Origami Ghosts / Thursday, July 22

Like their respective namesakes, Seattle's Origami Ghosts make music that is delicate and haunting. The band's hushed, intimate songs glide along in slow motion like a hand out a car window on a golden summer day, floating and diving with the wind. They sound as if they were recorded in a dark, quiet bedroom, but they especially shine when fleshed out into full-band arrangements. Whether building on some of the oceanic sway of Three Mile Pilot or Black Heart Procession ("Endless Corridors") or presenting a janglier version of Polvo ("East Station"), Origami Ghosts have struck a near-perfect balance of still-of-the-night melancholy and the dreamy introspection of a midsummer afternoon. With Hello the Mind Control, Waytansea Point, Teeth of Turquoise. Jewelbox/Rendezvous, 2322 Second Ave., 441-5823. 10 p.m. $5. GREGORY FRANKLIN

Capitol Hill Block Party / Friday, July 23—Sunday, July 25

CHBP organizers really outdid themselves this year. The three-day lineup (increased from two) is current, big-name, and ultra-hipster-friendly—exactly the spirit of Seattle's most holier-than-thou neighborhood. MGMT, Yeasayer, Blonde Redhead, and Atmosphere have all made favorable waves in the music scene this year, as have hometown heroes like Shabazz Palaces, Unnatural Helpers, the Physics, and many others. The festival's biggest coup, though, is snagging The Dead Weather to headline on Sunday (see page 41). Jack White is a god among mortal rockers, and that he's deigned to set foot on the humble, dirty Pike and Pine streets is truly an honor. South Capitol Hill. $25 adv./$30 DOS/$60 three-day pass. All ages. ERIN K. THOMPSON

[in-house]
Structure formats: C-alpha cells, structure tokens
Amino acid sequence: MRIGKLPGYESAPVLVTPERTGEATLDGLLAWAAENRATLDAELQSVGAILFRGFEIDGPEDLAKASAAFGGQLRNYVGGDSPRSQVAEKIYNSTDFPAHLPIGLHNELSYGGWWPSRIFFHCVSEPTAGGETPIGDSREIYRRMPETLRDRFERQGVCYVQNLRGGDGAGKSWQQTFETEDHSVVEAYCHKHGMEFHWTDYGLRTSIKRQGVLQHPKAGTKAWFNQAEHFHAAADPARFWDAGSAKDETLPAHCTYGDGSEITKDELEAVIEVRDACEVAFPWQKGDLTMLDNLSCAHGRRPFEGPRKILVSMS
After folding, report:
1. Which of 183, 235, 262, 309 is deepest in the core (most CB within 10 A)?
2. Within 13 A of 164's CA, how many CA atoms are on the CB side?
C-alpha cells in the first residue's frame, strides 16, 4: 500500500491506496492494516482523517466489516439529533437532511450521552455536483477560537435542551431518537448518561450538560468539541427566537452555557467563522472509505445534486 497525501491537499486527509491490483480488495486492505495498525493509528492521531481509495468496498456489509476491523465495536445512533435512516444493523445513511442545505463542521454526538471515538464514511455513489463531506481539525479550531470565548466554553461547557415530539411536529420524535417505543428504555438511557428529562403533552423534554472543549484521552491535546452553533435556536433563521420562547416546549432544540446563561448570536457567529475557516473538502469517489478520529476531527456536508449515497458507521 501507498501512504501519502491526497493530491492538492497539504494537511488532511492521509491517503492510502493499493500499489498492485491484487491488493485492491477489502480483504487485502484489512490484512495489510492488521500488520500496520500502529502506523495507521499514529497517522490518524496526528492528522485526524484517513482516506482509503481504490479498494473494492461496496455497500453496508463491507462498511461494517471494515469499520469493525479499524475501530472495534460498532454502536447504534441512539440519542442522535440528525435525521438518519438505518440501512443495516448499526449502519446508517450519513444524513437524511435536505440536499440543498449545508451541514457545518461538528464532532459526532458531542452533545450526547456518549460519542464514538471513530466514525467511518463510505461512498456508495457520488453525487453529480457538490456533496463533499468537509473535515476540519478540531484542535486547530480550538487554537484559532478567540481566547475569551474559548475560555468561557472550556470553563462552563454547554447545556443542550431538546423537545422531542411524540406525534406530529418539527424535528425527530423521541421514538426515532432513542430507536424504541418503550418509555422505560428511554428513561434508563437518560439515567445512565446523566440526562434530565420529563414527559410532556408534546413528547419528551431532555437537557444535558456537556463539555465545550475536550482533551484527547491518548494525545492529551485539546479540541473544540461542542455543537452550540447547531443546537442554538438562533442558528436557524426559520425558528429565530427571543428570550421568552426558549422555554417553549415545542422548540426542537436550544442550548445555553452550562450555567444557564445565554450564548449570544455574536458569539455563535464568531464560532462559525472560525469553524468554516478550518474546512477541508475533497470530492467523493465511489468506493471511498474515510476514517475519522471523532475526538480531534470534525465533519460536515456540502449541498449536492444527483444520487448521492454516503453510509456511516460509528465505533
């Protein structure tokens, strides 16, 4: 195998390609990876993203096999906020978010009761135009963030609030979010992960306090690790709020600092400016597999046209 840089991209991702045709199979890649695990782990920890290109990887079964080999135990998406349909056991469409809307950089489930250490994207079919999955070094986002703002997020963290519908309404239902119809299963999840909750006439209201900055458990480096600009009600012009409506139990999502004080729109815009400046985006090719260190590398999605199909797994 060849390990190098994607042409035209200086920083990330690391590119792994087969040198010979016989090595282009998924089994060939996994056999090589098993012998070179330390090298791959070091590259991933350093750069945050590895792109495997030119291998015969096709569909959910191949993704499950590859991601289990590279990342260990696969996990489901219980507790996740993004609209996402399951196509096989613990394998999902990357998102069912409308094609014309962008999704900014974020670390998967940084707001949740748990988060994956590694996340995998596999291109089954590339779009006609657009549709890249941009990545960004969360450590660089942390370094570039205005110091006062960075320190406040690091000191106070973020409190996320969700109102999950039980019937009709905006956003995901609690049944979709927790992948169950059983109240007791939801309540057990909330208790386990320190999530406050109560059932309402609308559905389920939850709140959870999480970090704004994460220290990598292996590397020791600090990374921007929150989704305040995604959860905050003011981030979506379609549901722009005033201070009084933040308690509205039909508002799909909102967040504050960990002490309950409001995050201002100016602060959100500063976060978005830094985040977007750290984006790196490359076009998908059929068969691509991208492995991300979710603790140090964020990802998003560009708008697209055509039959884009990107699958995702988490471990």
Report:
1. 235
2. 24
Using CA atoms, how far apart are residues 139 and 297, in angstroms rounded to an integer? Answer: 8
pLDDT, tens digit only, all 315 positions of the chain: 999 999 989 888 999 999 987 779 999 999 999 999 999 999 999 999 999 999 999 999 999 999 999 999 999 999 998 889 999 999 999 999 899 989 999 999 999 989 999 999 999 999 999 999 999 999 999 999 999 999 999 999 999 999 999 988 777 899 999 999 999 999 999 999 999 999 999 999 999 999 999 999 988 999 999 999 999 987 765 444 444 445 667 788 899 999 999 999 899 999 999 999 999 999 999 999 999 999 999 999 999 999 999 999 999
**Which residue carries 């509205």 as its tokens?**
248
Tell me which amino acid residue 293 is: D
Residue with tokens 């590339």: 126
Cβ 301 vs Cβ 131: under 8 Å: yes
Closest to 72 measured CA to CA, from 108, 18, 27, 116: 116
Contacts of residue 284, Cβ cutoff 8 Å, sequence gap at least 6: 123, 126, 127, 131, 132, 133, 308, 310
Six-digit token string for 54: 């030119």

Red Heart Alarm / Friday, July 23

Last Saturday, the Dusty 45s headlined an impressive local lineup at the PBRBQ (a barbecue sponsored by Pabst) at Slim's Last Chance. If Seattle had its own search engine, and you typed in "reliably crowd-pleasing, highly competent, traditional rockabilly band," the Dustys would be the very first return. But to some, their refusal to deviate much from the rockabilly purist's canon can be a bit boring. The same cannot be said of Red Heart Alarm, who play Slim's this Friday, a gig that serves as a release party for the band's debut LP, White Elephants. They describe themselves as "gruntry"—grunge meets country, as if that weren't instantly obvious. And as awful as that label sounds, their music is anything but. Creatively, they're the type of band the Dusty 45s should aspire to be. With Scrubjays, The Boxcar Rebellion. Slim's Last Chance, 5606 First Ave. S., 762-7900. 9 p.m. Free. MIKE SEELY